Pedophilia is “transversal through society”, not exclusive to clergy
In a statement that may only serve to haunt him, Portugal’s Bishop of Leiria Fátima has “rejected” the notion potentially forming through society that the Portuguese Catholic Church is peppered with pedophiles.
Talking to journalists over the weekend, D. José Ornelas said: “I do not accept being told the Catholic Church is pedophile. It is completely untrue. That we have cases of pedophilia, yes we do, because this is transversal throughout society”.
The president of the Portuguese Episcopal Conference is himself under investigation over suspicions that he helped cover up child sex abuse by priests in an orphanage in Mozambique 11 years ago.
He has insisted that this is not a matter which would prompt him to resign – indeed he adds that no one has asked him to.
The incident in Mozambique has a number of ‘sides’. D. José Ornelas says that he did everything he could to see the matter clarified (it was communicated to all the relevant authorities at the time, including the Pope – and inquiries eventually were archived, with neither priest being sanctioned). Correio da Manhã reported on Sunday that a complaint by a Portuguese teacher at the orphanage was sent to President Marcelo, citing “the inaction of D. José Ornelas”.
Due to having received the complaint, Marcelo was bound by protocol to pass it to the Public Ministry, which is now investigating.
But all this comes at a particularly sensitive time. The Pope is due to travel to Portugal next year for a major event on the Catholic calendar; the commission set up to investigate child sex abuse within the Church has passed at least 17 complaints to the Public Ministry (many complaints were simply too historic to tackle), from which 10 inquiries have been opened; there have been all kinds of allegations affecting the reputation of Church elders – and November is scheduled to see the episcopal conference ‘debate’ the issue of abuses within the Church.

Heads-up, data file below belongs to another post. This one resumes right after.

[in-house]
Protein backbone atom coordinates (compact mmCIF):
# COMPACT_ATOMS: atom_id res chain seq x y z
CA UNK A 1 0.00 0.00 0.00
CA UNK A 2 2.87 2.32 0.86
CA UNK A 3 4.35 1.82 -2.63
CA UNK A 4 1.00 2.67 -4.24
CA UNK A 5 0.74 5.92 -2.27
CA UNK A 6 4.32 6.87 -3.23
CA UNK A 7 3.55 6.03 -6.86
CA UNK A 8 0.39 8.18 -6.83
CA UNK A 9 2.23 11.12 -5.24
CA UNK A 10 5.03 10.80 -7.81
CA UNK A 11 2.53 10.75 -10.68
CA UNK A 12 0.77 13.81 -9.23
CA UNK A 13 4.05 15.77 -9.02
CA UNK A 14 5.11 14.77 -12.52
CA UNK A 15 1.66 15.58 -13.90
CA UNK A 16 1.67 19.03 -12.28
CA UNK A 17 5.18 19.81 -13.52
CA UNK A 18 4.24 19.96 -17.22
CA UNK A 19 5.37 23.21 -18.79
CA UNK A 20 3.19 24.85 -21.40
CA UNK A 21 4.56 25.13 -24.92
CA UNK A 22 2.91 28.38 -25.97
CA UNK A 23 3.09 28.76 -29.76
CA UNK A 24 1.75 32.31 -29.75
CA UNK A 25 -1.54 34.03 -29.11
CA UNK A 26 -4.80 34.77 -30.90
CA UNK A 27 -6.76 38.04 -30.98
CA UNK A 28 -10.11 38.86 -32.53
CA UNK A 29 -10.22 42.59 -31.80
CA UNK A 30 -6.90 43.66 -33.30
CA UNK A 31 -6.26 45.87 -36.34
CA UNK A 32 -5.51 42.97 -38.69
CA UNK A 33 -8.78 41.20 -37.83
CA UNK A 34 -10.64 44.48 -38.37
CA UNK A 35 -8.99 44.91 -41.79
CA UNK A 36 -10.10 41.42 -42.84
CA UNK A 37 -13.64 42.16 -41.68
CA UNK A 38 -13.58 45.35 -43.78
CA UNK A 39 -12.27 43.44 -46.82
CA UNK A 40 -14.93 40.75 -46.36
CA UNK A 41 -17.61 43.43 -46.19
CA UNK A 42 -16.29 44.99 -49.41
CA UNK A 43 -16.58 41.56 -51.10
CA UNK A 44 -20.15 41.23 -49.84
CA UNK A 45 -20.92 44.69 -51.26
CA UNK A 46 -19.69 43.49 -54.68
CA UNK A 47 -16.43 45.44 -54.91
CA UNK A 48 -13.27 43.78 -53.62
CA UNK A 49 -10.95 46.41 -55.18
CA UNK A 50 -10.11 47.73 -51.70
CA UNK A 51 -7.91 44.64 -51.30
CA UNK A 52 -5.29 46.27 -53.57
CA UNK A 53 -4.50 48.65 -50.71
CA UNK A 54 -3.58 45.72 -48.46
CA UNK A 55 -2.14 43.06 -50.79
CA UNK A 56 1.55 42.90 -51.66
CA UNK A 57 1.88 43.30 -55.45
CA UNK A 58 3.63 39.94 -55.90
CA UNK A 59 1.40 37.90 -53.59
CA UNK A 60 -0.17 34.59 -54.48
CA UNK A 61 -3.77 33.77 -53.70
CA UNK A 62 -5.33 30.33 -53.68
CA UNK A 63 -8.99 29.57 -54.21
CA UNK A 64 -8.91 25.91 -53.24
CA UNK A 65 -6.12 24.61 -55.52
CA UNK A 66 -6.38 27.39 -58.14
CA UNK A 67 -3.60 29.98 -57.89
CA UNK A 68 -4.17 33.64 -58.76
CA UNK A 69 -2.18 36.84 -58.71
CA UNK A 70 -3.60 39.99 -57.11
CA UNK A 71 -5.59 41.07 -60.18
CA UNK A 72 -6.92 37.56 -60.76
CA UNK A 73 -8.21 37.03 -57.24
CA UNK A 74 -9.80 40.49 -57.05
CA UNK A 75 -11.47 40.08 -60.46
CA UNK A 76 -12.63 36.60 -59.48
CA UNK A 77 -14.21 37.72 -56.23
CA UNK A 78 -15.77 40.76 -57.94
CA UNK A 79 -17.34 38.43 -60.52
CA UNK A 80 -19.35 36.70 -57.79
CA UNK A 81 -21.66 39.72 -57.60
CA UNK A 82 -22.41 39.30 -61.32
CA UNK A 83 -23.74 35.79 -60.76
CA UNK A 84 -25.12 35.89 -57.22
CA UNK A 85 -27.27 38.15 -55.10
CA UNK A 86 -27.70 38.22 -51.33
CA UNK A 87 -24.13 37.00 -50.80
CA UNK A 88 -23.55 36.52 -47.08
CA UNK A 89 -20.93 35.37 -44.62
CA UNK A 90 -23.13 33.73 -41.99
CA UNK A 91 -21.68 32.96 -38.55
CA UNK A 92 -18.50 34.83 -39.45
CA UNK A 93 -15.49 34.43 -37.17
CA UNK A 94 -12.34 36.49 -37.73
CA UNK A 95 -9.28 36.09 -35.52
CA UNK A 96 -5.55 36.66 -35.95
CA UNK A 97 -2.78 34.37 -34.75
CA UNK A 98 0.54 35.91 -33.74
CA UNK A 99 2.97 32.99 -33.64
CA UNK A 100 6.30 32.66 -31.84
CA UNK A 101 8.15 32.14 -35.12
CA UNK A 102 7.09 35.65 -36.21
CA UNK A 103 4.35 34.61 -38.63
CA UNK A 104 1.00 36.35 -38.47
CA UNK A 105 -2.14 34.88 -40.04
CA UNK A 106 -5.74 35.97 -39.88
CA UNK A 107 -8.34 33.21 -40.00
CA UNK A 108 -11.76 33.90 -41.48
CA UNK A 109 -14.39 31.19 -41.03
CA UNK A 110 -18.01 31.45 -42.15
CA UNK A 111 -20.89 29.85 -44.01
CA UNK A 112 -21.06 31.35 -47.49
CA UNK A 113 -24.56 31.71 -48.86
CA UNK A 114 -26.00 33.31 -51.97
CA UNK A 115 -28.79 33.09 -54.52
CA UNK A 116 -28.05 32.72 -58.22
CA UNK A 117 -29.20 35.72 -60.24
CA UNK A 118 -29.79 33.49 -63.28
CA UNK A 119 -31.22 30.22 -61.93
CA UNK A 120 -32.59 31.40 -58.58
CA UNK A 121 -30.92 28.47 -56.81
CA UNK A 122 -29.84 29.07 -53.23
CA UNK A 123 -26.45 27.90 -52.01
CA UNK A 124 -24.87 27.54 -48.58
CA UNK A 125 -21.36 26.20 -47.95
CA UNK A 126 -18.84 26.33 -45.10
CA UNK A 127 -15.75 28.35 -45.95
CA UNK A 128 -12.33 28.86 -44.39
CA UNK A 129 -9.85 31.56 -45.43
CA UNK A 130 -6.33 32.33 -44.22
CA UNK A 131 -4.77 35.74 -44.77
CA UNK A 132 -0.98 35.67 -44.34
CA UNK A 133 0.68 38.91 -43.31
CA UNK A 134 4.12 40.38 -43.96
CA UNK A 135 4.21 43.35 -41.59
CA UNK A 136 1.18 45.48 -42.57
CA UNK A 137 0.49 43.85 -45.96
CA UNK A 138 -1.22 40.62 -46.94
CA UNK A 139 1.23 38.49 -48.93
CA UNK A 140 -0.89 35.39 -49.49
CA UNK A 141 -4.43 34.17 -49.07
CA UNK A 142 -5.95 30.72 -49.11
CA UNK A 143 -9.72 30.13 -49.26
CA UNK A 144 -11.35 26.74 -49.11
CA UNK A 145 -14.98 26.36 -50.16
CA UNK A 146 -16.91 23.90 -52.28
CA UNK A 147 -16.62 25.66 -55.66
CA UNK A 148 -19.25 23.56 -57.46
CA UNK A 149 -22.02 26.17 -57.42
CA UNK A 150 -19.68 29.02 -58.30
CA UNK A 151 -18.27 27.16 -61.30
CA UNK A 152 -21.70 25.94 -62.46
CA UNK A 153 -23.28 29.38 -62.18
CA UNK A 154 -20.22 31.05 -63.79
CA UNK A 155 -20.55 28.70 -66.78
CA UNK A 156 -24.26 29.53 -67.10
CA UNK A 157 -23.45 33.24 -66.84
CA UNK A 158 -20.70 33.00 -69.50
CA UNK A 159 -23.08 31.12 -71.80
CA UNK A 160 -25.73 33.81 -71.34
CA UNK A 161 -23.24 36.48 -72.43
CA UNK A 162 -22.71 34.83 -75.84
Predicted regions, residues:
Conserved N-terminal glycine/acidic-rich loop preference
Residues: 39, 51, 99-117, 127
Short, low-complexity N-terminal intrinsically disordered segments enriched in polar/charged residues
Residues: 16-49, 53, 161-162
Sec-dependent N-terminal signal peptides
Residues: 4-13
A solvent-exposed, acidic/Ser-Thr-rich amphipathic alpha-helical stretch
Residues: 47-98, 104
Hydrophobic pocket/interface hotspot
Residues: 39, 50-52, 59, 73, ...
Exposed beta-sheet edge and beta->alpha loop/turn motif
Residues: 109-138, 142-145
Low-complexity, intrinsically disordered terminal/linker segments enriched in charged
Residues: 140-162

At the same time, Correio da Manhã carries the headline today saying “Pedophilia is keeping the faithful away from ceremonies”. The gist of the story is that church services these days see fewer and fewer people in the congregation. “First it was the pandemic, now it is pedophilia” reducing attendances, says the paper.
In one of its pithy editorials, CM freely admits that “the undeniable fact that there have been abusive priests does not create collective guilt. The problem is that many of the leaders of the Church smothered scandals of the past that have now come to light. The Church has an obligation to deliver abusers to Justice, as well as those who protected them. The priest who abused children in the confessional, the bishop from Timor who fooled half the world, but also D. José Ornelas and Cardinal Clemente – all of them are part of the reputational problem of the Church, naturally with different levels of guilt”.
If this is what the country’s ‘best read tabloid’ is thinking, it won’t be far off what is being ‘said in the street’, and felt by the many thousands of citizens who perhaps used to go to Church fairly regularly but who now do not feel quite the same pull on their senses of devotion.